CI Outlook - Archives

May 2007

May 2, 2007

Supported by better than expected earnings, combined with tame interest and inflation rates, the Dow Industrials are setting new highs.  Today, the mostly large company Dow is close to being joined by the S&P 500, another index filled with large capitalization international companies.  Logically these new high levels for these market indices are justified.  Analysts’ estimates of earnings have been too low and many analysts are starting to revise upward their earnings outlooks.    This is in the face of slow economic growth and high interest rates for the United States.

But, based on strength in the world economy, earnings of the large multinational companies should continue to rise.  This is because large multinational companies earn profits in the currencies of the countries in which their business is conducted.  Then the profits are restated in terms of US dollars, our domestic currency for accounting purposes.  Since 2004 the US dollar has been weakening against almost all foreign currencies.  The weakness in the dollar has performed two functions.  First it allows US based companies to cut prices and sell more products overseas.  Then, when converted back to US dollars, the stronger foreign currencies buy more US dollars.  Therefore a weak dollar continues raising profits for large US based companies.  These large companies are the very ones which we rotated your portfolio into over the last year.  Although we expect some interruption in the dollars slide soon, we think further dollar weakness in the long term is probable.  Since this is the case we believe continuing to hold a mix of ETF’s investing in large multinational US companies and other ETF’s which invest in foreign markets is the correct portfolio strategy for the foreseeable future.  As the US market continues to drive towards full valuation we will likely become more conservative, holding more cash from sales rather than reinvesting 100% of the sale proceeds.  We may also make new investments in securities that give off more current income.  This should dampen portfolio volatility and help cushion the blow from any future market corrections.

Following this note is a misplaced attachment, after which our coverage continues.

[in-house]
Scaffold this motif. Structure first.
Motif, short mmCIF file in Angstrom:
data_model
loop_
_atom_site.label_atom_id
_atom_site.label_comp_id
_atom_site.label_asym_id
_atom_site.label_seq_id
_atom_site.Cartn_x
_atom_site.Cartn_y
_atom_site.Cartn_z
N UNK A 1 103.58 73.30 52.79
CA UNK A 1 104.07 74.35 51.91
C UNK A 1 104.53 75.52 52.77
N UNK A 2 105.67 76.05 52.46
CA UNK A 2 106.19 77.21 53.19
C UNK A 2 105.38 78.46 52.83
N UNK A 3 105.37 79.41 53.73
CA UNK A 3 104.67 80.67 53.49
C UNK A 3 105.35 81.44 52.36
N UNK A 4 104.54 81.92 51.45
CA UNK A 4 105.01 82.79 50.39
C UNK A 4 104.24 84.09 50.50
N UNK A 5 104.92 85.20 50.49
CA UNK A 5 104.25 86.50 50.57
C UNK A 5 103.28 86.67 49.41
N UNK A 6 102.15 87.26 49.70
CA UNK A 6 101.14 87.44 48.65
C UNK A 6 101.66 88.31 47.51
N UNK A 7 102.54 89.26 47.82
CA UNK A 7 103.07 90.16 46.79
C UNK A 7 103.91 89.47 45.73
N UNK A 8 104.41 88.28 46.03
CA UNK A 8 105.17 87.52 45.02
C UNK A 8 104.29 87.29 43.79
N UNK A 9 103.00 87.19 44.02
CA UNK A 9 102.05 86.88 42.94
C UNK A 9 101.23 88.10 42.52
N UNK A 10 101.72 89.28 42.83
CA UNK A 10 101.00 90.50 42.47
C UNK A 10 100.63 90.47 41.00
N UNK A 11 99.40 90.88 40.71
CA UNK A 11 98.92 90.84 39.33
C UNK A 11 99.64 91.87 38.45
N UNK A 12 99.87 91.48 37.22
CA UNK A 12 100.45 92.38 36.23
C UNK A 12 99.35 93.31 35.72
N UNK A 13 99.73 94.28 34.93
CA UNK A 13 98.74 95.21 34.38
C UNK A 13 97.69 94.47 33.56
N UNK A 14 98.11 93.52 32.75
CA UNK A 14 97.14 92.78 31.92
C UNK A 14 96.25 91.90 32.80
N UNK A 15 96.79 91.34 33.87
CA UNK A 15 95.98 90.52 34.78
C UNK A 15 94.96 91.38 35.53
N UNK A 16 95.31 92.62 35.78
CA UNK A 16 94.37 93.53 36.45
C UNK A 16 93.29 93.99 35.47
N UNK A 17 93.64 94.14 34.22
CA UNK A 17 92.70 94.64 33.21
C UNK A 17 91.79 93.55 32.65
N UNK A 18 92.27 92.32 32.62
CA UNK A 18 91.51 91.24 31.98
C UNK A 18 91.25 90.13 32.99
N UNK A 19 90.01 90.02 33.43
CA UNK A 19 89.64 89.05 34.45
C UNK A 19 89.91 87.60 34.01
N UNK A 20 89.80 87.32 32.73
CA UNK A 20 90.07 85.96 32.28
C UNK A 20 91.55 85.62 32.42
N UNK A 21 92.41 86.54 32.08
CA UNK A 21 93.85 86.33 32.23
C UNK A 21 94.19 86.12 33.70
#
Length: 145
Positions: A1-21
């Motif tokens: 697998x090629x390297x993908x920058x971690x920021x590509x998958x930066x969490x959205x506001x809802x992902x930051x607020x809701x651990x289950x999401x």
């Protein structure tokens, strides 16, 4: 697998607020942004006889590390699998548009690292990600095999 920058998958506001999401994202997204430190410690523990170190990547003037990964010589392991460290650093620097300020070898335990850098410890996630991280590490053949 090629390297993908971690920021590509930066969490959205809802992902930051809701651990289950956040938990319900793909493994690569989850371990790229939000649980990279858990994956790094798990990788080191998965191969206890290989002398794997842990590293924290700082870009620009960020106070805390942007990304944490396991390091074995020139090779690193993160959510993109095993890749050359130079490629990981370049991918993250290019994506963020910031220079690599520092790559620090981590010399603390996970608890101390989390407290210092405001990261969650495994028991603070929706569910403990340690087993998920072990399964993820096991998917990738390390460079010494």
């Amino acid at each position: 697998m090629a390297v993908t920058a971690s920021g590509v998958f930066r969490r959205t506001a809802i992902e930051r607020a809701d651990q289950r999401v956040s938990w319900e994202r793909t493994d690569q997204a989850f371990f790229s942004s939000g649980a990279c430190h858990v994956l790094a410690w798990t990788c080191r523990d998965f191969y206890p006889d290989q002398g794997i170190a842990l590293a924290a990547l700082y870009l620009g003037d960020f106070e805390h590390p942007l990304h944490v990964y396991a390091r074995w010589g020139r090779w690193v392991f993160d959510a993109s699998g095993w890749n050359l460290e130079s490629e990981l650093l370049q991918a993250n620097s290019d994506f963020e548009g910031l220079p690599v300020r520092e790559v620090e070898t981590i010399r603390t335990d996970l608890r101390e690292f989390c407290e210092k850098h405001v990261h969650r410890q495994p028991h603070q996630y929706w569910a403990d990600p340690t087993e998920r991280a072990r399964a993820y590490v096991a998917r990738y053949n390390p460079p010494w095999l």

On a final note, Jeremy Grant, our administrative assistant, and his wife have been blessed with the birth of their first child, a healthy girl. We wish them the very best and look forward to his full time return.  In the meantime please call with any questions or comments.  We appreciate your ongoing patronage.

 

CJ Brott                                                                      Karen Burns

 


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